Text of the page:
It's a waiting game to see if the decision by the new governor of Florida to do away with Common Core in his state will actually better prepare K-12 students for success – or if it will be merely a cosmetic improvement.
Florida's Republican governor, Richard DeSantis, has put an end to the Common Core standards in his state at the end of January, issuing Executive Order 19-32. Among the recommendations are a "return to the basics of reading, writing and arithmetic" and a reference to ensuring that those who graduate from high school know of the principles of the U.S. Constitution and the responsibilities associated with American citizenship.
State leaders made some changes to Common Core when it was first adopted under former Governor Rick Scott (R). But for the most part those changes were superficial, according to Fox News. Neal McCluskey of the Cato Institute says conservatives are concerned that may happen again.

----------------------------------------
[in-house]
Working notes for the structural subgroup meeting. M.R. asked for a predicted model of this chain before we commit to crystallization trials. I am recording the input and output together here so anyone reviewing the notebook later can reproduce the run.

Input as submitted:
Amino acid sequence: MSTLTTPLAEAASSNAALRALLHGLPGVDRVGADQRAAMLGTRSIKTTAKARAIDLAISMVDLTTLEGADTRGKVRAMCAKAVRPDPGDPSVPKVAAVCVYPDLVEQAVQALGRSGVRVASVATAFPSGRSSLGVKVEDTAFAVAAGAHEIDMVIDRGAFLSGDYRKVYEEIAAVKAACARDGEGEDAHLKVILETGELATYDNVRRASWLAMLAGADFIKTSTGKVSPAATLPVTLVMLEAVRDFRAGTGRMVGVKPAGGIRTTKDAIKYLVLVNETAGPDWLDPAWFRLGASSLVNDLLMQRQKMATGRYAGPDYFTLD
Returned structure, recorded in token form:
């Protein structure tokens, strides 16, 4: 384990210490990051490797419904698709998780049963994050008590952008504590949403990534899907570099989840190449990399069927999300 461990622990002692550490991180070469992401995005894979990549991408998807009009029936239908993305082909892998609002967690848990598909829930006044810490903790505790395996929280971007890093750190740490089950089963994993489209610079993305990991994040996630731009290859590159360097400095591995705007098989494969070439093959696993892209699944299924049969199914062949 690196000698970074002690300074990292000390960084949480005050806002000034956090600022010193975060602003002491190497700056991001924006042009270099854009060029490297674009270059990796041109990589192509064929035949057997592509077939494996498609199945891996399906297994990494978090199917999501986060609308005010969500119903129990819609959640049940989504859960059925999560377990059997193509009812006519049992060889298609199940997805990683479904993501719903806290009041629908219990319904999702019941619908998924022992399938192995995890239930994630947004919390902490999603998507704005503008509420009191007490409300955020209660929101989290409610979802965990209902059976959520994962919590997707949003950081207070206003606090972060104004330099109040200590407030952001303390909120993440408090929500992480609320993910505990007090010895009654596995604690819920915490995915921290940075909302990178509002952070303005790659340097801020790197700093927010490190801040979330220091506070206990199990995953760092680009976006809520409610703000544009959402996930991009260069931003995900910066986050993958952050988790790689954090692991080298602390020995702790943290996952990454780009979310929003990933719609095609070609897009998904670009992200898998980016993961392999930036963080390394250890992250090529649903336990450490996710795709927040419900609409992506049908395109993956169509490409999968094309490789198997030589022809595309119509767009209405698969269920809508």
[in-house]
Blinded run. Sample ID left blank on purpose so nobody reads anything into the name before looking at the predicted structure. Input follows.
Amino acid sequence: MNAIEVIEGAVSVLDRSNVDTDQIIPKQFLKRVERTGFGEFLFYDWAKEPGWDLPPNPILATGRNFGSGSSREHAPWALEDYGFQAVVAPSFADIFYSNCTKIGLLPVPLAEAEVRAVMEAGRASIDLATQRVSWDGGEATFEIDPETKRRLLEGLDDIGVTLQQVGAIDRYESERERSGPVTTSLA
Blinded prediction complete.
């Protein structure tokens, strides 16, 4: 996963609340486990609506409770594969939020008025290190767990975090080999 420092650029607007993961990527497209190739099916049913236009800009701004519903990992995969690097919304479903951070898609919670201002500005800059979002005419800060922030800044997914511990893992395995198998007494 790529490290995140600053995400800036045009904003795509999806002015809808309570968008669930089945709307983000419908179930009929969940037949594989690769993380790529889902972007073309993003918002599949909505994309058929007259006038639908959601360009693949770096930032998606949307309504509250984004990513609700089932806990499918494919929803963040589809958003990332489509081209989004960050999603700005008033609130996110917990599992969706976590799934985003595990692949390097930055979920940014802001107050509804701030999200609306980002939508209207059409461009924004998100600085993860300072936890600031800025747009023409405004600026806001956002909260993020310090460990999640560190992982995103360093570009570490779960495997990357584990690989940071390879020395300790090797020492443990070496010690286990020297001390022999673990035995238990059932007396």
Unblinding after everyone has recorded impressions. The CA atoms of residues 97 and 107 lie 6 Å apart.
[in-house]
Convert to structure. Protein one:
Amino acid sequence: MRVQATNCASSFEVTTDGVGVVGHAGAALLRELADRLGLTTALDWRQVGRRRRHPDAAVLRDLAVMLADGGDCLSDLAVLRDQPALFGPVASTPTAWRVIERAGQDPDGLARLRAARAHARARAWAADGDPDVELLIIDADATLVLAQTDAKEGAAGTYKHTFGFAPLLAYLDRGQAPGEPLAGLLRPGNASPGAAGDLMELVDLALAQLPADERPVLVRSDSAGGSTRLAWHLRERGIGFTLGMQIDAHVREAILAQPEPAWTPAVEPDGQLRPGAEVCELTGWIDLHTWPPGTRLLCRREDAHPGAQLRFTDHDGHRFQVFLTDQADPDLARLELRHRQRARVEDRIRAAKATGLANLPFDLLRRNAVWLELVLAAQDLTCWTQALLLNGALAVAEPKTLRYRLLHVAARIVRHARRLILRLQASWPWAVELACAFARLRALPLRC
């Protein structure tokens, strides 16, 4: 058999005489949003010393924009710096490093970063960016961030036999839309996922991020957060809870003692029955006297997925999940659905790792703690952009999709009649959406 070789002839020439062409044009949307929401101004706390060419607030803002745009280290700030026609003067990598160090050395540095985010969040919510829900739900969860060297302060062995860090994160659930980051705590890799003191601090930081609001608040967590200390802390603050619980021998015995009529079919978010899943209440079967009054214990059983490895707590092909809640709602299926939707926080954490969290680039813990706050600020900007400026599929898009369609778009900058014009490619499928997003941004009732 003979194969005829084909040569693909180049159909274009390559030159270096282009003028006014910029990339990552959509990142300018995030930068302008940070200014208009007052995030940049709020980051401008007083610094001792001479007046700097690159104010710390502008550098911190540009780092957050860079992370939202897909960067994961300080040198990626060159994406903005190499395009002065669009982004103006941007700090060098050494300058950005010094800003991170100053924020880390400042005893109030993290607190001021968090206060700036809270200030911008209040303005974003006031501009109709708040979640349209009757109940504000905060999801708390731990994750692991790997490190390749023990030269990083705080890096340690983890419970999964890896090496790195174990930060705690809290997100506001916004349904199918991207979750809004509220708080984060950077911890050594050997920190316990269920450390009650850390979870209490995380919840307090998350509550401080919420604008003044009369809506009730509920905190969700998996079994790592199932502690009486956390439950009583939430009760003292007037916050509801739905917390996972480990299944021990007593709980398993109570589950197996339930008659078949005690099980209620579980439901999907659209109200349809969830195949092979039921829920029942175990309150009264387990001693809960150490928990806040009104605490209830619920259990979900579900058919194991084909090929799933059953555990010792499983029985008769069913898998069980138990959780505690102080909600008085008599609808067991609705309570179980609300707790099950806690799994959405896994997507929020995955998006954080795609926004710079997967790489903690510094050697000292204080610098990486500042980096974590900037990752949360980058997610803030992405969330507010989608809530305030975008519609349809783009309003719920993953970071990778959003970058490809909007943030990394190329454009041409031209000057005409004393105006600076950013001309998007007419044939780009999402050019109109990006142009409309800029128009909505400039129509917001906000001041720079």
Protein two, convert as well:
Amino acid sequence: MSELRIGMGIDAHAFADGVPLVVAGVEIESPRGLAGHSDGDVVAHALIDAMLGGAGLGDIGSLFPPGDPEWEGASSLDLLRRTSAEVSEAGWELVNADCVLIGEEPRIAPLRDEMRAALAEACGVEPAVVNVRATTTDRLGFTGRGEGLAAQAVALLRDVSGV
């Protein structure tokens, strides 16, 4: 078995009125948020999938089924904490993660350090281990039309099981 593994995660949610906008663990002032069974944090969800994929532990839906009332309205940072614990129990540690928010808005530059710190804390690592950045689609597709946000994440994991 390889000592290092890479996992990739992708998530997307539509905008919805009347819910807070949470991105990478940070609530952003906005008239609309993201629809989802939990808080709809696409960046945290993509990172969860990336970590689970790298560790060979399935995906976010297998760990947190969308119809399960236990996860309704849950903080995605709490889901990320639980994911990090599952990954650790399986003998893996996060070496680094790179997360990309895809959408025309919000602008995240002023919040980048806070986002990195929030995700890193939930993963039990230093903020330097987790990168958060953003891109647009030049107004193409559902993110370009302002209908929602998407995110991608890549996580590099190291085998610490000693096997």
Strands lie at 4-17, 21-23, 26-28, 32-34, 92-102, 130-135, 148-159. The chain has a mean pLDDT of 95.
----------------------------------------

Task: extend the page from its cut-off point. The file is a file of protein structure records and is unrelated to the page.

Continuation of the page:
"And that's always going to be, I think, the first concern," he shares. "[We might wonder] is this really different? – or are we just moving a few things around, putting a new coat of paint on it saying, 'See, it's totally different'?"
DeSantis said he agreed with parents that it was time to end Common Core and commit to preparing the state's K-12 students "for the real world through an increased focus on civic education."
Though the federal Every Student Succeeds Act, passed in 2015, allows for more state and local control of education, McCluskey says the replacement plan will still need to be approved by the feds.
"It will definitely have to go through an approval process," he explains. "The question is, how stringently will the U.S. Department of Education scrutinize these things?"
McCluskey doubts the approval process will be overly burdensome under the Trump administration.